Monthly Archives: July 2015

The Three Choices

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The three choices:

This doesn’t refer to Stevie, Tom, and Justin. The three choices are a reform of the government formation process. In a tight three way race it is not inconceivable that the party that has the most seats in a minority situation is the party that got the third most votes in the General election or worst yet a majority. What if the incumbent PM refused to step down even though their party has the third most seats but argues they got the most in the popular vote? Anyone remember December of 2008? It is all left to a patronage appointee the Governor-General to decide the issue and with the incumbent PM right there insisting they must do what ever they say or overthrow our democracy. The three choices set out clear rules what is to be done after each election.

Largest: The leader of the party with the most seats is called upon to form a government. If the seat count is equal then the one with the larger popular vote. No non-confidence motions, no vote can bring down a government. This is replaced by a motion of dissolution. By an absolute majority (170 / 338) the House can dissolve Parliament and trigger new elections. It can’t replace a government only trigger new elections. The PM can’t ask the Governor-General for early elections. It’s fixed the next election is on the set election day or an early election triggered by a motion of dissolution passed by the Commons.

House election: At the start of each Parliament the Speaker after the members of the House of Commons are sworn in asks “who should the Governor-General call upon to form a government”? The four most endorsed candidates are invited to Rideau Hall and asked to form a council-designate, a government-in-waiting. After each leader forms a proposed government of say 16 to 20 members the Speaker puts the question to the House “which of these councils-designate has the confidence of this House”? The two with the least are dropped from the second ballot. The Commons votes a second time with the winner becoming the Council of Ministers and the loser the Council of Opposition. As with the above no vote in the House triggers an election only an absolute majority passing a motion of dissolution can trigger an election before the set election day. No vote can replace the current government with another. The Council of Ministers is the government for the duration of that Parliament.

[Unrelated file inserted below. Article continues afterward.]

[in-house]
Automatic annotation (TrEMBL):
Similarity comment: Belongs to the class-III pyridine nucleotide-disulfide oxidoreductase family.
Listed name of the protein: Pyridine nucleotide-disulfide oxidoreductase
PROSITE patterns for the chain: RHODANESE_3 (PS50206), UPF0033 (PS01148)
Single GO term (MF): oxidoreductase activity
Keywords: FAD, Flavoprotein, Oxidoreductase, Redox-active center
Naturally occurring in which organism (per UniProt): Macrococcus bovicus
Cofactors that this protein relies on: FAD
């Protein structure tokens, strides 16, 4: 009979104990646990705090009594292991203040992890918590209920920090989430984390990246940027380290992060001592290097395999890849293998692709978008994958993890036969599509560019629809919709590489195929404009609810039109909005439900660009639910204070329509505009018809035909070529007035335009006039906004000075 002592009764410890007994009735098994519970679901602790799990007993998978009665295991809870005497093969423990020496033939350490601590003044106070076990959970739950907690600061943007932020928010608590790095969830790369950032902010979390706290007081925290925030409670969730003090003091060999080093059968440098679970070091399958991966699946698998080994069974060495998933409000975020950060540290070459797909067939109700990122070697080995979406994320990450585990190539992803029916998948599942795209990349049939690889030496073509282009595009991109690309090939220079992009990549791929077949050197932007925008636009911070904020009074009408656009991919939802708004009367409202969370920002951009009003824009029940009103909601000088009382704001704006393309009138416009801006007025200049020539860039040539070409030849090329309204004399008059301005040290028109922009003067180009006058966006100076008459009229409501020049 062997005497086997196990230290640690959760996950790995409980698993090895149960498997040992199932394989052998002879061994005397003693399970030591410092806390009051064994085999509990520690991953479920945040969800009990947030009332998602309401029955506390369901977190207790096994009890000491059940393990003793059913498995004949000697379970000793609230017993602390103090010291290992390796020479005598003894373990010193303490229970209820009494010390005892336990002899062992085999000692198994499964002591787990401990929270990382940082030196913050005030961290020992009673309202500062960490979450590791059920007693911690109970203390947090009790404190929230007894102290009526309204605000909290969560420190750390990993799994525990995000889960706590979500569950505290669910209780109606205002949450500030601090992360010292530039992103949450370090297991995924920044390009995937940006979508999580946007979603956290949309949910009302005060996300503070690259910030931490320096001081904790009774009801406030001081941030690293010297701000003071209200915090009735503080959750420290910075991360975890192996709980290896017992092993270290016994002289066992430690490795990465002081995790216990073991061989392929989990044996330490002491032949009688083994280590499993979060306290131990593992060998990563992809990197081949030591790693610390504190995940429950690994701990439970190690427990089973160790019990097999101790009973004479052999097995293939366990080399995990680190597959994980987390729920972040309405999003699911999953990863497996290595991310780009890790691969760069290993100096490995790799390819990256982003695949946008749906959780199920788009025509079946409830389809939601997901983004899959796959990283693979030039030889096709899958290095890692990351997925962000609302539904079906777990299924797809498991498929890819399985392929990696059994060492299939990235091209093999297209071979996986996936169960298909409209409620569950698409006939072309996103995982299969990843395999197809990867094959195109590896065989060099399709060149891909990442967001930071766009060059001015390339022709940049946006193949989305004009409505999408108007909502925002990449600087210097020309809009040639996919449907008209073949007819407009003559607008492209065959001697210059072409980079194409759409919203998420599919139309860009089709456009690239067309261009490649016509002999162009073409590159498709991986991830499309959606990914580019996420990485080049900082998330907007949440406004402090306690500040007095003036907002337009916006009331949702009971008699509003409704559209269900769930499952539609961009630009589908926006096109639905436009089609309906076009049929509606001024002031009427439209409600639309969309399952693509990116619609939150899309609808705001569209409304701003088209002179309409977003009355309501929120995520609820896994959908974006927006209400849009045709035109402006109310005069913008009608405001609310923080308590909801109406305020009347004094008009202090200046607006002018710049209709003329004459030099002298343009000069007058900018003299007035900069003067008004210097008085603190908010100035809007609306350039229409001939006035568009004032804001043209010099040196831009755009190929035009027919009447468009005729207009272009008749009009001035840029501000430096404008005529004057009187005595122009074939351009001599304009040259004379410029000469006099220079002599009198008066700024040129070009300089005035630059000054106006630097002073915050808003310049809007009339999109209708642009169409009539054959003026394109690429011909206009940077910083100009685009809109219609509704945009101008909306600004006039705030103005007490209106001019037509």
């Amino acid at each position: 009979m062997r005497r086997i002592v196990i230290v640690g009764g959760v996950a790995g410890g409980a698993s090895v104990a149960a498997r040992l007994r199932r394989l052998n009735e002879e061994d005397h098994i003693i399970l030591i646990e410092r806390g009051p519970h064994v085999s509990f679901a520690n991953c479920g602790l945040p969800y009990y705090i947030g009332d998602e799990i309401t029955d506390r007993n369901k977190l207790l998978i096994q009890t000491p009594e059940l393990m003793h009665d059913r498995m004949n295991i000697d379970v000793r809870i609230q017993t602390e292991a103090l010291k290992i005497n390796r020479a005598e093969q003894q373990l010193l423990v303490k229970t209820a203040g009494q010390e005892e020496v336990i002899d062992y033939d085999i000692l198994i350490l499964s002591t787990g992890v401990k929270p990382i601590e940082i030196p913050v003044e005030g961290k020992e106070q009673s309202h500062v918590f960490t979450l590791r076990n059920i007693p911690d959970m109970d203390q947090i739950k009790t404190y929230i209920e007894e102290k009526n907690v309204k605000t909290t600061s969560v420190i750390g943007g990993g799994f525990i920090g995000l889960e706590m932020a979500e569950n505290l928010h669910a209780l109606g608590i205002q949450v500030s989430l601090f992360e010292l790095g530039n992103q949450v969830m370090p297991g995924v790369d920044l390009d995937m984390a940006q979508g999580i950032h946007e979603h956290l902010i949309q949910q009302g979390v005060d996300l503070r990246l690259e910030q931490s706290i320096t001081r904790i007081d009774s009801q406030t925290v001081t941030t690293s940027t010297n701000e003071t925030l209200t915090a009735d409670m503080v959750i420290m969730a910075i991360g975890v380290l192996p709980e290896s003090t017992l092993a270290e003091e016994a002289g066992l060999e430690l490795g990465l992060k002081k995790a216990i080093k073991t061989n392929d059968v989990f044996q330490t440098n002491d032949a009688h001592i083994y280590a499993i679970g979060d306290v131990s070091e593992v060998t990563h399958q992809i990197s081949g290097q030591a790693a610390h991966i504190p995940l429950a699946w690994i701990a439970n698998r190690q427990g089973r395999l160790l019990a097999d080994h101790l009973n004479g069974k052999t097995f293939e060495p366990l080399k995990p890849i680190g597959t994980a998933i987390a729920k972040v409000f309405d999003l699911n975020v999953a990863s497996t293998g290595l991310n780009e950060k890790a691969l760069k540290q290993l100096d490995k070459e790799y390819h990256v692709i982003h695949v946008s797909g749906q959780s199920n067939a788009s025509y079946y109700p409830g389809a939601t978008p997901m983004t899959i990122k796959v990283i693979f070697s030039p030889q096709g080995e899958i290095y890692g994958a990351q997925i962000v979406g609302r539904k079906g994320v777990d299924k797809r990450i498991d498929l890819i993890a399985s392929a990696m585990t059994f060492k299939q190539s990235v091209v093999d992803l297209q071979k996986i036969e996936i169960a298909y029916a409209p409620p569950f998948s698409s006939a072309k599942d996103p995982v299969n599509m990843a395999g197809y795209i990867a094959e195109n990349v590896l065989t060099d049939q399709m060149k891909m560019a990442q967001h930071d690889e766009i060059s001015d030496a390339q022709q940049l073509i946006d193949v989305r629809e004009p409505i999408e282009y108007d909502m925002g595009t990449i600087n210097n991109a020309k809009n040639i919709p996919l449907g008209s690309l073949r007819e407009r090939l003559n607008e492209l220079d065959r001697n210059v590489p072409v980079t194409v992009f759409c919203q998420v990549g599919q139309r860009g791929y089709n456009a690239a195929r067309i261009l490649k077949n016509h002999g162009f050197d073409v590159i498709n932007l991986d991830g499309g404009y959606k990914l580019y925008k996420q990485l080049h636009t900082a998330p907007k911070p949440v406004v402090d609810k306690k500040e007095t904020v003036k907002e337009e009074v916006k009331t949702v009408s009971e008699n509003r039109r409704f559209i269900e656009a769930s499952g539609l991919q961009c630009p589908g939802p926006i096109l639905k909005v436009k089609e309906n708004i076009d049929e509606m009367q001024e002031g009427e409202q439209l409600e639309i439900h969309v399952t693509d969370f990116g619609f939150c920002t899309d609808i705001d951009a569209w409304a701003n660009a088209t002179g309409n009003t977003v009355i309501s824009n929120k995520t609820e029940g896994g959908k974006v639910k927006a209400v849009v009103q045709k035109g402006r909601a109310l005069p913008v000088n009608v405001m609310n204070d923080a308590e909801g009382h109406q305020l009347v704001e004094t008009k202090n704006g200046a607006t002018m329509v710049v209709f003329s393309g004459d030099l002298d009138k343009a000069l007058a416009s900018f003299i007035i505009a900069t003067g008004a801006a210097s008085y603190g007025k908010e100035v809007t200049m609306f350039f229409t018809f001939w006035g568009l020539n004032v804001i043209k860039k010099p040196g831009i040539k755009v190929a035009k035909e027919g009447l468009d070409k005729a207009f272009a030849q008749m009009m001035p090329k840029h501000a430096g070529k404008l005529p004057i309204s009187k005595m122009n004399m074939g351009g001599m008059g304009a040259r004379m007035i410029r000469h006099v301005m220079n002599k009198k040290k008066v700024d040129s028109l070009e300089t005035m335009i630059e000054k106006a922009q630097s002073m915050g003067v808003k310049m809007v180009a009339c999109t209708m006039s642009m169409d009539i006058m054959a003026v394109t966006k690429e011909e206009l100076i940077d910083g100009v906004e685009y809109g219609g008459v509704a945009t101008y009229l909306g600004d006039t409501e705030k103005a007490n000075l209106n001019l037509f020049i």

Separate election: The same as a municipal election namely a vote for a mayor, the executive election, and a vote for the councillor, the legislative election. In this case a vote for an executive council to be the government in the next Parliament and a vote for your Member of Parliament. The executive and legislative elections are separate and institute a preference ballot. If on the first count of the ballots a candidate got a majority their elected. No candidate got a majority, count the ballots a second time with only the top two being counted and the one with the majority is elected. In order for an executive council of again say 16 to 20 members to get on the ballot they must be endorsed by the candidates for the House of Commons in the last election. Each candidate has votes equal to their popular vote. The four most endorsed executive councils are on the ballot. In this there is no early elections. Parliament just like municipal elections has a fixed term and set election day.

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